1483: Micro-bypass stenting for open-angle glaucoma

Page last updated: 08 March 2017

Application Detail



Description of Medical Service

A trabecular micro-bypass stent is a micro-invasive glaucoma surgery (MIGS) device used to treat patients with mild-to-moderate primary open-angle glaucoma (POAG), a previously unaddressed population in POAG surgical treatment. The device improves aqueous outflow through the natural physiologic pathway, the trabecular meshwork, thereby lowering intra-ocular pressure (IOP) and dependence on pressure-lowering topical medication. The procedure is generally performed as a day-stay procedure in an ophthalmology surgical setting, as a stand-alone treatment or in conjunction with cataract surgery.

Description of Medical Condition

Glaucoma is a chronic degenerative optic neuropathy in which the neuro-retinal rim of the optic nerve becomes progressively thinner, caused by an acquired loss of retinal ganglion cell axons and atrophy of the optic nerve. The lens and cornea of the eye both lack direct blood supply. Therefore, these anterior structures are nourished by a separate circulatory system. The aqueous humor, produced by the ciliary body, circulates throughout the anterior chamber and drains through the trabecular meshwork in the iridocorneal angle. Its primary role is to maintain intraocular pressure (IOP), and provide nutrients to the structures of the anterior and posterior chambers of the eye.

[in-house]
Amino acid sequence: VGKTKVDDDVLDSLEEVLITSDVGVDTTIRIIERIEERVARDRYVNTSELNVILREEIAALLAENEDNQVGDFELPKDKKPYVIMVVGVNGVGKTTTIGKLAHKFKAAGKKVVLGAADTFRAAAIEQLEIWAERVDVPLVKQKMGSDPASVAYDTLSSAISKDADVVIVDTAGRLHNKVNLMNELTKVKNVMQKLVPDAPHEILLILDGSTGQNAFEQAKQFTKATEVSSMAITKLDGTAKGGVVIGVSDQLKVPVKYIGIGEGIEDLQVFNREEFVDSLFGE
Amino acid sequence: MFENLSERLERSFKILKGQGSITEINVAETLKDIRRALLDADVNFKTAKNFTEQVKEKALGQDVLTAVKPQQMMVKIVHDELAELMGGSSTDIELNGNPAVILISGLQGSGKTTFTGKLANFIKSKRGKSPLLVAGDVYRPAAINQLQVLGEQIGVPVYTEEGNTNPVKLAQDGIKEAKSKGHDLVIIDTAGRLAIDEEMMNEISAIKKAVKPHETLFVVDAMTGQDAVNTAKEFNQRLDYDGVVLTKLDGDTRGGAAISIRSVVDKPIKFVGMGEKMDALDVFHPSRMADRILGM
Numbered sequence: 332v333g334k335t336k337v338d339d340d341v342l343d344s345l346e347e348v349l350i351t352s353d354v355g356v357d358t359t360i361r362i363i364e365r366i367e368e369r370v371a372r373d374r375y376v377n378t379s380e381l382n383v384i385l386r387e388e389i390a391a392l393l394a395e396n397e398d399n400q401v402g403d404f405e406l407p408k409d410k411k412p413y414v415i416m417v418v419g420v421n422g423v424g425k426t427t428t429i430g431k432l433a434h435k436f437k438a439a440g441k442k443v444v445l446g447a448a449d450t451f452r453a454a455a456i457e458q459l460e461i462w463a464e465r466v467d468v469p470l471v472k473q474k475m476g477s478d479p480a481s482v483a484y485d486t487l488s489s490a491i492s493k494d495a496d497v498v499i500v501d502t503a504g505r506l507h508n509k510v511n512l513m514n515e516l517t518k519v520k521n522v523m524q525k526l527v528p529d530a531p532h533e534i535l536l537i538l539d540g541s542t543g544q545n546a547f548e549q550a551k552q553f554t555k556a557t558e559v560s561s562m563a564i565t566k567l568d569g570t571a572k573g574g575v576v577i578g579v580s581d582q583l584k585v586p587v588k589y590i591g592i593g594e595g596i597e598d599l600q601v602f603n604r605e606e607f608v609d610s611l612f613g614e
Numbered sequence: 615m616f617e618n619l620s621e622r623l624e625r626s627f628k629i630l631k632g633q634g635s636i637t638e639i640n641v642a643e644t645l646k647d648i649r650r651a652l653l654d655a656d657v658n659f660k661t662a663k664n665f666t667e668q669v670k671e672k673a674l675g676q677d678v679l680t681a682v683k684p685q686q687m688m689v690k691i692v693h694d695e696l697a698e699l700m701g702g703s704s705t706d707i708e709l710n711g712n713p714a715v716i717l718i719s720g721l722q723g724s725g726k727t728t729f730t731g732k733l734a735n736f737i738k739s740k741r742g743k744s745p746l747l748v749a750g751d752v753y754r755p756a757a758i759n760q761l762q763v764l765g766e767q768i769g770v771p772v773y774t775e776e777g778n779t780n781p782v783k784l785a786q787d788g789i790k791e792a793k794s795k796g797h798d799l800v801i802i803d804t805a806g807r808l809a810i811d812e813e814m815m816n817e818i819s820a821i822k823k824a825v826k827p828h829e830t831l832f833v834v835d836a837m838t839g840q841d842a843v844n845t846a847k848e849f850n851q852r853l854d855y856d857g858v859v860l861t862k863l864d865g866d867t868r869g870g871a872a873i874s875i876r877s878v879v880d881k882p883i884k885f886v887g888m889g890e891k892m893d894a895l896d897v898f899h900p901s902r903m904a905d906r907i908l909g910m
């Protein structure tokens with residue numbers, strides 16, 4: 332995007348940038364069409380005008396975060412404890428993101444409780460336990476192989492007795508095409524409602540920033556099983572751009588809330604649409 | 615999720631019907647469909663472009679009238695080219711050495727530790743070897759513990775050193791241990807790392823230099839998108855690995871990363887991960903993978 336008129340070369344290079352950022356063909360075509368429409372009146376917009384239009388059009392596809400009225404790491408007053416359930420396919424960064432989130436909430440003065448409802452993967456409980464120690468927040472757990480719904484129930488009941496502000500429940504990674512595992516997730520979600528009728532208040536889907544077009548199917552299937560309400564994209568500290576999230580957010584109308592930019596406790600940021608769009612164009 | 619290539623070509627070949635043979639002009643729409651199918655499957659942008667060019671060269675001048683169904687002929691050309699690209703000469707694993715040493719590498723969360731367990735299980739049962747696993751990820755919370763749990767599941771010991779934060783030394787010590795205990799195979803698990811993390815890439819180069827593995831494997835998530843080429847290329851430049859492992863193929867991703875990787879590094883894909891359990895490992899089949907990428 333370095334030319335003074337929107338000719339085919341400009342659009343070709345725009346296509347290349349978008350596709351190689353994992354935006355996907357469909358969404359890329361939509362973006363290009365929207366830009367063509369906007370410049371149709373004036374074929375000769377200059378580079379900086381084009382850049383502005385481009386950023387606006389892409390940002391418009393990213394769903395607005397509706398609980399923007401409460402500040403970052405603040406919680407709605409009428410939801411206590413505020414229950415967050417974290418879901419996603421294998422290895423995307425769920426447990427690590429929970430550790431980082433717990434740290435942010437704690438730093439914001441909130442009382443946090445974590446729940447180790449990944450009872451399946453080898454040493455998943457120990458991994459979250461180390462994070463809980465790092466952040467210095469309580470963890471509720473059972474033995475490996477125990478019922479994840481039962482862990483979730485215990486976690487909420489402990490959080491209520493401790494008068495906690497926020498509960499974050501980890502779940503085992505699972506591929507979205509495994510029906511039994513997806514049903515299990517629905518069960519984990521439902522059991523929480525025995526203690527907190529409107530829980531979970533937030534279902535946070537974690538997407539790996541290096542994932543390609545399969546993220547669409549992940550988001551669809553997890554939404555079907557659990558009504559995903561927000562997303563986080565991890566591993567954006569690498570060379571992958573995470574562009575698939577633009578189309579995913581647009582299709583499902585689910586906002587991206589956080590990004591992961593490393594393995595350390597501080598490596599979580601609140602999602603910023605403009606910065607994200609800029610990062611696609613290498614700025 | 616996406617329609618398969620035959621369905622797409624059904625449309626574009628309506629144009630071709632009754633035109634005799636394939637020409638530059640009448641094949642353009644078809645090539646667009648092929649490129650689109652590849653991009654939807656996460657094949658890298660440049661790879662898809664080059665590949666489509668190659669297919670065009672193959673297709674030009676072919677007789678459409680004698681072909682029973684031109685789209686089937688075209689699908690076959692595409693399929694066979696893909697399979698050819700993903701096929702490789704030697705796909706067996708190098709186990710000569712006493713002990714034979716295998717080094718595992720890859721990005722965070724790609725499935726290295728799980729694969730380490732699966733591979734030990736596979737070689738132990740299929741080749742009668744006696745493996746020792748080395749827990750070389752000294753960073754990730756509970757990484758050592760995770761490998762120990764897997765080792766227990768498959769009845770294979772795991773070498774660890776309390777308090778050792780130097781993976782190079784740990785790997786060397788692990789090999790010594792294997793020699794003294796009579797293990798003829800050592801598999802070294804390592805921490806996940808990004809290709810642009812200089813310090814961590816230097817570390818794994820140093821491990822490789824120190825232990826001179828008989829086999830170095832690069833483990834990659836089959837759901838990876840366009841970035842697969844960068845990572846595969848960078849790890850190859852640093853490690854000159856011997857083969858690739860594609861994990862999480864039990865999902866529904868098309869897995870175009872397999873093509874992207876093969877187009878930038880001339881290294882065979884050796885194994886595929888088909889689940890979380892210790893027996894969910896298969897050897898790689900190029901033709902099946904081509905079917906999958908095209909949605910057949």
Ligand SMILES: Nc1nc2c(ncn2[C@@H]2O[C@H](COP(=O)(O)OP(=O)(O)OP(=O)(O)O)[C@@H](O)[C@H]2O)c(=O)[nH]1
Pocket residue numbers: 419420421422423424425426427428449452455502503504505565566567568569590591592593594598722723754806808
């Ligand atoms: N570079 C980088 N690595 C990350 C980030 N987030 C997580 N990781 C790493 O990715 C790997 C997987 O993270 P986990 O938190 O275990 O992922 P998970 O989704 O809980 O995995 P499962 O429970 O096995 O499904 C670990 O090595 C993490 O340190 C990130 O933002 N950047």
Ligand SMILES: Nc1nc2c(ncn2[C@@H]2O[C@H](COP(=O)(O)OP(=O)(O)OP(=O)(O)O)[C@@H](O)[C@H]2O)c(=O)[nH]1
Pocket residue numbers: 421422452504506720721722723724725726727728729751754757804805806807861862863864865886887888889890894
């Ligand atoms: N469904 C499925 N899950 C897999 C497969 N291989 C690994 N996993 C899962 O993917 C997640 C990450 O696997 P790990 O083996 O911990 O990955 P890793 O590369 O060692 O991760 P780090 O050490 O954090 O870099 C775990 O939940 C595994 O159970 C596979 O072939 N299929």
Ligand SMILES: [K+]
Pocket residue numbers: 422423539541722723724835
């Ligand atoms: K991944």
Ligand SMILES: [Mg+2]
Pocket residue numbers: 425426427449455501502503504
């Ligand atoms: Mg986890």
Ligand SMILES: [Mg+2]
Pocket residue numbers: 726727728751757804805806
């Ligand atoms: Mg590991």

In open-angle glaucoma (OAG), the iridocorneal angle is unobstructed but aqueous outflow is diminished, leading to an elevation of intraocular pressure. Patients with glaucoma typically lose peripheral vision, and may suffer complete vison loss if not treated.

Reason for Application

New MBS item

Medical Service Type


Previous Application Number

Not Applicable

Associated Documentation

Application Form


PICO Confirmation

Assessment Report


Public Summary Document


Meetings for this Application